back to article Giant solar-powered aircraft to begin cross-country flight

The photovoltaics-powered Solar Impulse HB-SIA aircraft has arrived at the NASA Ames Research Center in Silicon Valley's Moffett Field to prepare for a flight across the US. After it has been offloaded in pieces from its Boeing 747-100 transporter, the Swiss-made HB-SIA will be reassembled in a Moffett Field hanger, then …

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  1. Don Jefe
    Thumb Up

    Neat!

    I can't wait until it comes to D.C. It'll be great to see it in person.

    1. Anonymous Coward
      Anonymous Coward

      Success

      Will ultimately be dependant on the weather, something that can only be predicted with inaccuracy. If the wind blows in the wrong direction he may find himself in a hover, or worse going backwards.

      Who's betting his first stop will be Hawaii?

      1. Mage Silver badge

        Re: Success? Weather

        This was the problem with the US Airship "aircraft carriers". They were destroyed by weather.

    2. JeffyPooh Silver badge
      Pint

      Re: Neat!

      It is DC already.

      Get it? Sorry...

  2. VeganVegan

    At the risk of being too pedantic,,

    Beyond just being tired, what does the pilot do about food and water, and what about going to the bathroom?

    1. armyknife

      Re: At the risk of being too pedantic,,

      Yellow Ice.

      1. M Gale

        Re: At the risk of being too pedantic,,

        And brown meteors, one presumes?

        Either that or a bucket full of the blue water under the seat.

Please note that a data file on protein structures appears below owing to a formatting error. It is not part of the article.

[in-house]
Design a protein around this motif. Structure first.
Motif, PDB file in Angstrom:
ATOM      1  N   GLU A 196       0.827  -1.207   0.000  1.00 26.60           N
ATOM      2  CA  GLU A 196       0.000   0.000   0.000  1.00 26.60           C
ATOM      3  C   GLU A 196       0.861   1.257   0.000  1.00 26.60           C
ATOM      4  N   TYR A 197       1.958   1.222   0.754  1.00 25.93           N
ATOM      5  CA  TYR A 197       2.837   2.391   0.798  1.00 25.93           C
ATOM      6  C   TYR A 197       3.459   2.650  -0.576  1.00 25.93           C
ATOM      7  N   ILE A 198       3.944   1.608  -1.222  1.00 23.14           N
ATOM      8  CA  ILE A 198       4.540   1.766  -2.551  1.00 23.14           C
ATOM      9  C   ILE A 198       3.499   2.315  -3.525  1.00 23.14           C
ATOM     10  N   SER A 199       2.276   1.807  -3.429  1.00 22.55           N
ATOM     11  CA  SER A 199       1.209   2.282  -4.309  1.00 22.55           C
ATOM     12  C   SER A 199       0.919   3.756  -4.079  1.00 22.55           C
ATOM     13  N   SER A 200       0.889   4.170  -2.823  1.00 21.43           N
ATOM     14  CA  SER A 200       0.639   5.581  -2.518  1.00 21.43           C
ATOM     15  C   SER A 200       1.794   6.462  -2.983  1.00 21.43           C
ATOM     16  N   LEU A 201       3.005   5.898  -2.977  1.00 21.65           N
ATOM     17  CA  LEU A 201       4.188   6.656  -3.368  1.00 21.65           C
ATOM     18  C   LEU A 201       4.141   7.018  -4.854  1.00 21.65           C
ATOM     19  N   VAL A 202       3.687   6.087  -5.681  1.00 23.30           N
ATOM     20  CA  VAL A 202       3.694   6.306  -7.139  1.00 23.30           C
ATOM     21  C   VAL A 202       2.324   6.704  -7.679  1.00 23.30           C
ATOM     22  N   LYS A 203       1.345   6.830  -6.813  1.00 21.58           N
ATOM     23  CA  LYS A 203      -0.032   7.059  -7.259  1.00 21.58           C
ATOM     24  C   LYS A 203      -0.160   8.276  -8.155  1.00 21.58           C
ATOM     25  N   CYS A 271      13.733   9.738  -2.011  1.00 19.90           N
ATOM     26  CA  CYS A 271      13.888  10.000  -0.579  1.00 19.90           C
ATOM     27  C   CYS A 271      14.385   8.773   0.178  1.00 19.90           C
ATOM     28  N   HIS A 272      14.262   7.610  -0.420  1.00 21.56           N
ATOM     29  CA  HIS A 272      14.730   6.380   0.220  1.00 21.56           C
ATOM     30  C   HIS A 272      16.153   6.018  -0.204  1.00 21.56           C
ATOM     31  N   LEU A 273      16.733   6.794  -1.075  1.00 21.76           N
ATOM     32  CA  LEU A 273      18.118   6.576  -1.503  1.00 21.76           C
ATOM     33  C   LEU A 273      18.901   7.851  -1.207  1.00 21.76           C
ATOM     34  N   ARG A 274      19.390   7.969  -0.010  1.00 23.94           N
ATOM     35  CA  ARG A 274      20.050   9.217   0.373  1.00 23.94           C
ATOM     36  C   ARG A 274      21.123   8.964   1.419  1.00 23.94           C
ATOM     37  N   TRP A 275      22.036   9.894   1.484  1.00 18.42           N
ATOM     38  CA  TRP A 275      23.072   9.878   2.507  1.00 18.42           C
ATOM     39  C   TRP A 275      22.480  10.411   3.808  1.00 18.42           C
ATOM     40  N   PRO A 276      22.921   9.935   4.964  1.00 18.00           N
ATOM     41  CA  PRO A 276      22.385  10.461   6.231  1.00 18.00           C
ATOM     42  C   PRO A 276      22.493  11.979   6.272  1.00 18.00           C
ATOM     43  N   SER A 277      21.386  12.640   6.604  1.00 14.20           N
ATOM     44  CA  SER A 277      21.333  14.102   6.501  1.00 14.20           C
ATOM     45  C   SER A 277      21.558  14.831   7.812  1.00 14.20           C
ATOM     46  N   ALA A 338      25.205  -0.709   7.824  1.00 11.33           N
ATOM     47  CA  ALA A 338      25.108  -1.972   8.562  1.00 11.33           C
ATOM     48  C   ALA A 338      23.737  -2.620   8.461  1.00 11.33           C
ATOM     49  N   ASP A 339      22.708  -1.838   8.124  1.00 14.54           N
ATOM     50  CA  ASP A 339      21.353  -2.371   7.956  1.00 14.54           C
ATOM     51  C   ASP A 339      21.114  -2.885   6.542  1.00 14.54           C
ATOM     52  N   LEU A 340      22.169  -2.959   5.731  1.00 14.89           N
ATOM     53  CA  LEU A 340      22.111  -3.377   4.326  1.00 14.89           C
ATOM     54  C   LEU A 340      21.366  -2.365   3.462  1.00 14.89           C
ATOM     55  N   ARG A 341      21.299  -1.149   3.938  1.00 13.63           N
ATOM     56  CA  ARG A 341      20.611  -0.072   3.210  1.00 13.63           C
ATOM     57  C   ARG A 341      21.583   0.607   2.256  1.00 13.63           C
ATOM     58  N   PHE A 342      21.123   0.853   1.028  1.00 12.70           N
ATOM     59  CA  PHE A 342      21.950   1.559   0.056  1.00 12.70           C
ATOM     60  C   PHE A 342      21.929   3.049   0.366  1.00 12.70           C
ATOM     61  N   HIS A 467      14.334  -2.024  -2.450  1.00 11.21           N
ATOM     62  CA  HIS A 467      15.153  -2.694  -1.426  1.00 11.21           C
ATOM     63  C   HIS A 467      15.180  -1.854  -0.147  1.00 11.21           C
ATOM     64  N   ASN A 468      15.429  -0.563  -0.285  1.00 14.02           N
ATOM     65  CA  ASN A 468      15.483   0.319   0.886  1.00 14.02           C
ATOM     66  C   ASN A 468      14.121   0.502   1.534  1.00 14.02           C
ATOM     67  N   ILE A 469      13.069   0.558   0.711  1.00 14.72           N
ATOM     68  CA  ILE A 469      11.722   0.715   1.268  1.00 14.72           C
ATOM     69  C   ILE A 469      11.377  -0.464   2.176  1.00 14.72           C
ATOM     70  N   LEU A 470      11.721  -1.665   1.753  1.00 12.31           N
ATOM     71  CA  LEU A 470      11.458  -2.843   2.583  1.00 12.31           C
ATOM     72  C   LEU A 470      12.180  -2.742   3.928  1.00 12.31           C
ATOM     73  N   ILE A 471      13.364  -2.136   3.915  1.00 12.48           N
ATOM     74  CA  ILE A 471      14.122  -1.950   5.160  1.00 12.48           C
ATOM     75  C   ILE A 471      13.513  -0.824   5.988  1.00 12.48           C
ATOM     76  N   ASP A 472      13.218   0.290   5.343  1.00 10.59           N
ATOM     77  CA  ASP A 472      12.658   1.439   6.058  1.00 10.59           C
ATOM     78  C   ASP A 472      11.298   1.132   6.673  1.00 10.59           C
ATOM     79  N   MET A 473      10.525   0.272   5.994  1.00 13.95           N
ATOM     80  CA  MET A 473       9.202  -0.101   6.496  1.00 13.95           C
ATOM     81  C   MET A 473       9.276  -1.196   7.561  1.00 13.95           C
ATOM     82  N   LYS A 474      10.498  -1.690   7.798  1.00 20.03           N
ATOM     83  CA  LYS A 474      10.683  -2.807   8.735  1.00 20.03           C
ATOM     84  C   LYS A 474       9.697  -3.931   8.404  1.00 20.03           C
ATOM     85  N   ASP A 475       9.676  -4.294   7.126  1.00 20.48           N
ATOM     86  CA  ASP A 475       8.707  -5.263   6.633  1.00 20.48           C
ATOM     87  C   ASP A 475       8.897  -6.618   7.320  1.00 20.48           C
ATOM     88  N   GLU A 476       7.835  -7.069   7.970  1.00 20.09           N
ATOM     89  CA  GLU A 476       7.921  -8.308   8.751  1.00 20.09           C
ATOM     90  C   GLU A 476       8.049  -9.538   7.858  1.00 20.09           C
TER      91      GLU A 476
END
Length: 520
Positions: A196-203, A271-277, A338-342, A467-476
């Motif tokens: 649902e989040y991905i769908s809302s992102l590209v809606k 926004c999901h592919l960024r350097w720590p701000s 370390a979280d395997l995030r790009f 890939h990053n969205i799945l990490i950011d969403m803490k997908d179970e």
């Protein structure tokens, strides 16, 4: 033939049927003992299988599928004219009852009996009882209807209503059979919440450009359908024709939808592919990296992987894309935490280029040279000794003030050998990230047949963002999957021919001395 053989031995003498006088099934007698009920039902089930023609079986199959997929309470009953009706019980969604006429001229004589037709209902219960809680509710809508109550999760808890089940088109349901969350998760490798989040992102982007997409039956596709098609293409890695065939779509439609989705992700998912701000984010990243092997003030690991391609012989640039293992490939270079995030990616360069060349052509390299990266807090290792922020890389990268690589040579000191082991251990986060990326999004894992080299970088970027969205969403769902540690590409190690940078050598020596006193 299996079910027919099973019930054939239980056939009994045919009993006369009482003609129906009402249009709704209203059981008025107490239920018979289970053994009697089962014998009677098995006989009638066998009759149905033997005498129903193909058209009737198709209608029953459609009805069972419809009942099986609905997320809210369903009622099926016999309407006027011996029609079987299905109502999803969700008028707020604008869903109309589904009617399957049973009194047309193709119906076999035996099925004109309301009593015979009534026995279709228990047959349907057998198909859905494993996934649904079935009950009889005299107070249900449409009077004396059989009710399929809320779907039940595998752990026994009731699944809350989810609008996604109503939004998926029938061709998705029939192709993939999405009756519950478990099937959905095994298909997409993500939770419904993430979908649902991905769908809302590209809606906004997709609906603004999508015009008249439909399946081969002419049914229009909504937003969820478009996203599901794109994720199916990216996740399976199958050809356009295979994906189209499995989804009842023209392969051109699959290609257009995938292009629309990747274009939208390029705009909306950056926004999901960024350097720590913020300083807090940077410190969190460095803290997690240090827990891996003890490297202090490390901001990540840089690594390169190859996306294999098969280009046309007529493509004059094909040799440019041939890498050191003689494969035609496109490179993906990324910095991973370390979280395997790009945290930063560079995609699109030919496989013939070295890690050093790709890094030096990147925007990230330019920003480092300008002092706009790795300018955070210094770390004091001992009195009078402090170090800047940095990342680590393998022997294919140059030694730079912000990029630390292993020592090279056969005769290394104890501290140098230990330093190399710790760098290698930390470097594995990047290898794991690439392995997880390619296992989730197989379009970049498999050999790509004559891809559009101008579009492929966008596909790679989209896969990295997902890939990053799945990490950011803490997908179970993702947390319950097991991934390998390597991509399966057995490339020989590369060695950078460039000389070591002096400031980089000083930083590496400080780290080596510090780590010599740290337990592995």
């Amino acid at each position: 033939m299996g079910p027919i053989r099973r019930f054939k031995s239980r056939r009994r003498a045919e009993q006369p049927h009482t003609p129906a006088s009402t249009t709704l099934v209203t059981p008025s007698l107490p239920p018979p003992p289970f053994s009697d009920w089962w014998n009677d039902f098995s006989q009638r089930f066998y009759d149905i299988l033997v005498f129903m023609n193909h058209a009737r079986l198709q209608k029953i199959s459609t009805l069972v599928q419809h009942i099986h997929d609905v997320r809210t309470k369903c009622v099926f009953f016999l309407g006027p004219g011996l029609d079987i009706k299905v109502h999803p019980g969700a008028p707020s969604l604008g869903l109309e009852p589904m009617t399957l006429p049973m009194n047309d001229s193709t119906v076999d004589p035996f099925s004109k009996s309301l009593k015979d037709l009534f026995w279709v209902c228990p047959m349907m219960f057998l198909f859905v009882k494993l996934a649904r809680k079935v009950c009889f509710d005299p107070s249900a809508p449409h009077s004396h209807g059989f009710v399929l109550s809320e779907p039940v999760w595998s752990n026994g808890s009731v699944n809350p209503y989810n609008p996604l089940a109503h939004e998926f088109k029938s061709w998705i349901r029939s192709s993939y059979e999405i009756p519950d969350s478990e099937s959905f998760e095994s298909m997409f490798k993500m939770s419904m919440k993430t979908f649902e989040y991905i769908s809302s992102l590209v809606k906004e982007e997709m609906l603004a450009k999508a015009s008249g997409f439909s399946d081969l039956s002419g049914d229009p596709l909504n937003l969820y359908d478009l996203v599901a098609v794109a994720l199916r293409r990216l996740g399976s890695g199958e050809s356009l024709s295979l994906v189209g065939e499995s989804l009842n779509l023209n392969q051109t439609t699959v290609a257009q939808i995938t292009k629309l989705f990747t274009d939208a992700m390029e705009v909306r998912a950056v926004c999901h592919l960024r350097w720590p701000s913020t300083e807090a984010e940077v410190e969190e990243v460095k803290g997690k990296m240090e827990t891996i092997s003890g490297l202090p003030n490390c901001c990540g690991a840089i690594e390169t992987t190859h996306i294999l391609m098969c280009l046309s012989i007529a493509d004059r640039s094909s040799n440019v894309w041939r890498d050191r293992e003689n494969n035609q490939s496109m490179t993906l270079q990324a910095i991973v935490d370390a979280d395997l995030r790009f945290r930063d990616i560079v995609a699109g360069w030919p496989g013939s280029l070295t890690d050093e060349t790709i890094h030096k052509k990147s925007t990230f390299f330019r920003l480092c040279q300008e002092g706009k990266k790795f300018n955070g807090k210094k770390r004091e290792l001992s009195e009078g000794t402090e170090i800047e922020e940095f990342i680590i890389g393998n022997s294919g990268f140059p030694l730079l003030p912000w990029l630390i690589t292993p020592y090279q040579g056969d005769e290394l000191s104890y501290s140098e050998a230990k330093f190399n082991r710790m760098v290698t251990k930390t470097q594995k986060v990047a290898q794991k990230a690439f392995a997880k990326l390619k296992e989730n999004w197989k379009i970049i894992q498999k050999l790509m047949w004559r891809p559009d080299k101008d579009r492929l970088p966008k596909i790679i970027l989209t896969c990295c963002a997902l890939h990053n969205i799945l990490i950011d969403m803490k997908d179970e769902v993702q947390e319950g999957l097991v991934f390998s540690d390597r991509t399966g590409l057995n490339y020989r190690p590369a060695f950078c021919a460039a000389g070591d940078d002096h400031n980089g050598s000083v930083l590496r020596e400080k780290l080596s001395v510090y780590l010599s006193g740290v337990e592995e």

Though if weight is that much of a concern... adult nappies?

        The mind reels back in horror contemplating it. I wouldn't want to be the people opening the hatch on the ground.

        1. John Smith 19 Gold badge
          Boffin

          Re: At the risk of being too pedantic,,

          Well when the 2 person Voyager team flew around the world they used the tech of the Gemini programme with bags they dropped over the side when over open country.

          Outside of general aviation things get a bit involved for long flights but they have to be faced.

        2. JeffyPooh Silver badge
          Pint

          Re: At the risk of being too pedantic,,

          http://en.wikipedia.org/wiki/Gemini_7

          14 days, two men in a can.

    2. Kharkov
      Trollface

      Re: At the risk of being too pedantic,,

      Ah, this is probably where they've come up with a nifty idea to raise additional capital.

      Farmers all across the nation will pay a small amount each to have their fields fertilized. So the GPS turns on the green light, the pilot sticks his posterior out the hatch and... bombs away!

      Can't wait for the movie...

    3. Anonymous Coward
      Anonymous Coward

      Re: At the risk of being too pedantic,,

      ... and as it spends much of it's time above 12000 ft, what about all the oxygen that the pilot needs?

      1. Richard 12 Silver badge

        Re: At the risk of being too pedantic,,

        Same as on a commercial jet - the low-pressure external air is compressed to create cabin air.